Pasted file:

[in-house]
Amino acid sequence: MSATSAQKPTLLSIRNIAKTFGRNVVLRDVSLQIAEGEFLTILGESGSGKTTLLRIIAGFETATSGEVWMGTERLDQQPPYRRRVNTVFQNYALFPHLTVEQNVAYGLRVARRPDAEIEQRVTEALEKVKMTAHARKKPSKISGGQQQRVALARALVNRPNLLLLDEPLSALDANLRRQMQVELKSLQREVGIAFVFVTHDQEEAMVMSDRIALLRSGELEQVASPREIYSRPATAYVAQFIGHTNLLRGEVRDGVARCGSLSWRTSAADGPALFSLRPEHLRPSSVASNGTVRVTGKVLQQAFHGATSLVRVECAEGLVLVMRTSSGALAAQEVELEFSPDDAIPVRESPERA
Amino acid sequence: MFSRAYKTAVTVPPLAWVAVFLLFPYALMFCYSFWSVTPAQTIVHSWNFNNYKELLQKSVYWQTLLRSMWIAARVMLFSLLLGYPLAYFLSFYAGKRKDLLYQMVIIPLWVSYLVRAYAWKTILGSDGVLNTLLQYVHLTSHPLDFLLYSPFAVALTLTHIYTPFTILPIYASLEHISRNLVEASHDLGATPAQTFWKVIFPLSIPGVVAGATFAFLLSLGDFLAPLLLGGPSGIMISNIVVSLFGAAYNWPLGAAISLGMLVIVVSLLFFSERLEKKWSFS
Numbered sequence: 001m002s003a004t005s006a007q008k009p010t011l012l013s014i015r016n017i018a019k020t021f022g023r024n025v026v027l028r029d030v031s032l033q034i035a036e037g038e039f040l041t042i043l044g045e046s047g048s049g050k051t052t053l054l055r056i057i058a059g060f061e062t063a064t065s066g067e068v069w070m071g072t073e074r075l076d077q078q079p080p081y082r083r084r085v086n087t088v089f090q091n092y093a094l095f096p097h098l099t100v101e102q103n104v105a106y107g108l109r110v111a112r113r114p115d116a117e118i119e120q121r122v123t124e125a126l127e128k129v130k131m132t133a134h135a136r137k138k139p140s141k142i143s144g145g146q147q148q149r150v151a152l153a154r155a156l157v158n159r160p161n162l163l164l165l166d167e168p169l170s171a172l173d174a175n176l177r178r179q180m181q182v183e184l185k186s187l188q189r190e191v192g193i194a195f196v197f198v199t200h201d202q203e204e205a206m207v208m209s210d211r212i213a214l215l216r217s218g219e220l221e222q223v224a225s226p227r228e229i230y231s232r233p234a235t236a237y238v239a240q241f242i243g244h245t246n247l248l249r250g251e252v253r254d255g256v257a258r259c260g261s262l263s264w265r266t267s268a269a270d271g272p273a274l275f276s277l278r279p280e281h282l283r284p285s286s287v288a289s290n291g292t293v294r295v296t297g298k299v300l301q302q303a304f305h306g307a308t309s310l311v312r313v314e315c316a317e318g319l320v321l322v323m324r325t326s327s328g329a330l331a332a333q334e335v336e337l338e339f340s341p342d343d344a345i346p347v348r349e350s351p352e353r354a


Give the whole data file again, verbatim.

[in-house]
Amino acid sequence: MSATSAQKPTLLSIRNIAKTFGRNVVLRDVSLQIAEGEFLTILGESGSGKTTLLRIIAGFETATSGEVWMGTERLDQQPPYRRRVNTVFQNYALFPHLTVEQNVAYGLRVARRPDAEIEQRVTEALEKVKMTAHARKKPSKISGGQQQRVALARALVNRPNLLLLDEPLSALDANLRRQMQVELKSLQREVGIAFVFVTHDQEEAMVMSDRIALLRSGELEQVASPREIYSRPATAYVAQFIGHTNLLRGEVRDGVARCGSLSWRTSAADGPALFSLRPEHLRPSSVASNGTVRVTGKVLQQAFHGATSLVRVECAEGLVLVMRTSSGALAAQEVELEFSPDDAIPVRESPERA
Amino acid sequence: MFSRAYKTAVTVPPLAWVAVFLLFPYALMFCYSFWSVTPAQTIVHSWNFNNYKELLQKSVYWQTLLRSMWIAARVMLFSLLLGYPLAYFLSFYAGKRKDLLYQMVIIPLWVSYLVRAYAWKTILGSDGVLNTLLQYVHLTSHPLDFLLYSPFAVALTLTHIYTPFTILPIYASLEHISRNLVEASHDLGATPAQTFWKVIFPLSIPGVVAGATFAFLLSLGDFLAPLLLGGPSGIMISNIVVSLFGAAYNWPLGAAISLGMLVIVVSLLFFSERLEKKWSFS
Numbered sequence: 001m002s003a004t005s006a007q008k009p010t011l012l013s014i015r016n017i018a019k020t021f022g023r024n025v026v027l028r029d030v031s032l033q034i035a036e037g038e039f040l041t042i043l044g045e046s047g048s049g050k051t052t053l054l055r056i057i058a059g060f061e062t063a064t065s066g067e068v069w070m071g072t073e074r075l076d077q078q079p080p081y082r083r084r085v086n087t088v089f090q091n092y093a094l095f096p097h098l099t100v101e102q103n104v105a106y107g108l109r110v111a112r113r114p115d116a117e118i119e120q121r122v123t124e125a126l127e128k129v130k131m132t133a134h135a136r137k138k139p140s141k142i143s144g145g146q147q148q149r150v151a152l153a154r155a156l157v158n159r160p161n162l163l164l165l166d167e168p169l170s171a172l173d174a175n176l177r178r179q180m181q182v183e184l185k186s187l188q189r190e191v192g193i194a195f196v197f198v199t200h201d202q203e204e205a206m207v208m209s210d211r212i213a214l215l216r217s218g219e220l221e222q223v224a225s226p227r228e229i230y231s232r233p234a235t236a237y238v239a240q241f242i243g244h245t246n247l248l249r250g251e252v253r254d255g256v257a258r259c260g261s262l263s264w265r266t267s268a269a270d271g272p273a274l275f276s277l278r279p280e281h282l283r284p285s286s287v288a289s290n291g292t293v294r295v296t297g298k299v300l301q302q303a304f305h306g307a308t309s310l311v312r313v314e315c316a317e318g319l320v321l322v323m324r325t326s327s328g329a330l331a332a333q334e335v336e337l338e339f340s341p342d343d344a345i346p347v348r349e350s351p352e353r354a